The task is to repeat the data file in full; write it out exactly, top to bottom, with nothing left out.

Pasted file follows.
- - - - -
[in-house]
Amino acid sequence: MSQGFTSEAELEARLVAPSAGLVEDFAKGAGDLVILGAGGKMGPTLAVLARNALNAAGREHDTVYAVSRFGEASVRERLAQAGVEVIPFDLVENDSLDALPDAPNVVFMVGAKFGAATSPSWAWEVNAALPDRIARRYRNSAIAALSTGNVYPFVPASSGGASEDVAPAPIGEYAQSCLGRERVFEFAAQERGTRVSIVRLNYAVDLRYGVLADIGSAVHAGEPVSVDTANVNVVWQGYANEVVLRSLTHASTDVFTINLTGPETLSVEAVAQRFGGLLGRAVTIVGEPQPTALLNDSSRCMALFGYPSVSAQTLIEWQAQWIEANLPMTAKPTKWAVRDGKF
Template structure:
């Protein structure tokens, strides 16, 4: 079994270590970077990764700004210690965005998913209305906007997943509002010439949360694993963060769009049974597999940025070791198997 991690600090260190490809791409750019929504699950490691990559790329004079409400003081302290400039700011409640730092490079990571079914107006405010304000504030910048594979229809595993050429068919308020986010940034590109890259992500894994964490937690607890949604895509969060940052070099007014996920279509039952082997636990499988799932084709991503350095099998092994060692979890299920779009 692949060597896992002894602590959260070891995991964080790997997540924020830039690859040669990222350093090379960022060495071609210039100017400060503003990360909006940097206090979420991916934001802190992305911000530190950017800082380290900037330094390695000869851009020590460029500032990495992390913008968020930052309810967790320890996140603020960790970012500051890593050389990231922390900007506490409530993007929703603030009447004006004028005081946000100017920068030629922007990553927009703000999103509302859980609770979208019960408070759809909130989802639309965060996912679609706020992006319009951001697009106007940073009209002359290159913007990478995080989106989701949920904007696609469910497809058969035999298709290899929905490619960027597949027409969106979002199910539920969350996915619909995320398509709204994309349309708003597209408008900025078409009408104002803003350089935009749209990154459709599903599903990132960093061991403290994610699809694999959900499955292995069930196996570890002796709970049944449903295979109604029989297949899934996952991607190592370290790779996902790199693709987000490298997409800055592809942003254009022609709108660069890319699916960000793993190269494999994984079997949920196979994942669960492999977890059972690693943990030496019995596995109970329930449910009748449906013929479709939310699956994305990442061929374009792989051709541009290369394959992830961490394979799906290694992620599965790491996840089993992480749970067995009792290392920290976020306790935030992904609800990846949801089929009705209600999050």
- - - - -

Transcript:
[in-house]
Amino acid sequence: MSQGFTSEAELEARLVAPSAGLVEDFAKGAGDLVILGAGGKMGPTLAVLARNALNAAGREHDTVYAVSRFGEASVRERLAQAGVEVIPFDLVENDSLDALPDAPNVVFMVGAKFGAATSPSWAWEVNAALPDRIARRYRNSAIAALSTGNVYPFVPASSGGASEDVAPAPIGEYAQSCLGRERVFEFAAQERGTRVSIVRLNYAVDLRYGVLADIGSAVHAGEPVSVDTANVNVVWQGYANEVVLRSLTHASTDVFTINLTGPETLSVEAVAQRFGGLLGRAVTIVGEPQPTALLNDSSRCMALFGYPSVSAQTLIEWQAQWIEANLPMTAKPTKWAVRDGKF
Template structure:
């Protein structure tokens, strides 16, 4: 079994270590970077990764700004210690965005998913209305906007997943509002010439949360694993963060769009049974597999940025070791198997 991690600090260190490809791409750019929504699950490691990559790329004079409400003081302290400039700011409640730092490079990571079914107006405010304000504030910048594979229809595993050429068919308020986010940034590109890259992500894994964490937690607890949604895509969060940052070099007014996920279509039952082997636990499988799932084709991503350095099998092994060692979890299920779009 692949060597896992002894602590959260070891995991964080790997997540924020830039690859040669990222350093090379960022060495071609210039100017400060503003990360909006940097206090979420991916934001802190992305911000530190950017800082380290900037330094390695000869851009020590460029500032990495992390913008968020930052309810967790320890996140603020960790970012500051890593050389990231922390900007506490409530993007929703603030009447004006004028005081946000100017920068030629922007990553927009703000999103509302859980609770979208019960408070759809909130989802639309965060996912679609706020992006319009951001697009106007940073009209002359290159913007990478995080989106989701949920904007696609469910497809058969035999298709290899929905490619960027597949027409969106979002199910539920969350996915619909995320398509709204994309349309708003597209408008900025078409009408104002803003350089935009749209990154459709599903599903990132960093061991403290994610699809694999959900499955292995069930196996570890002796709970049944449903295979109604029989297949899934996952991607190592370290790779996902790199693709987000490298997409800055592809942003254009022609709108660069890319699916960000793993190269494999994984079997949920196979994942669960492999977890059972690693943990030496019995596995109970329930449910009748449906013929479709939310699956994305990442061929374009792989051709541009290369394959992830961490394979799906290694992620599965790491996840089993992480749970067995009792290392920290976020306790935030992904609800990846949801089929009705209600999050």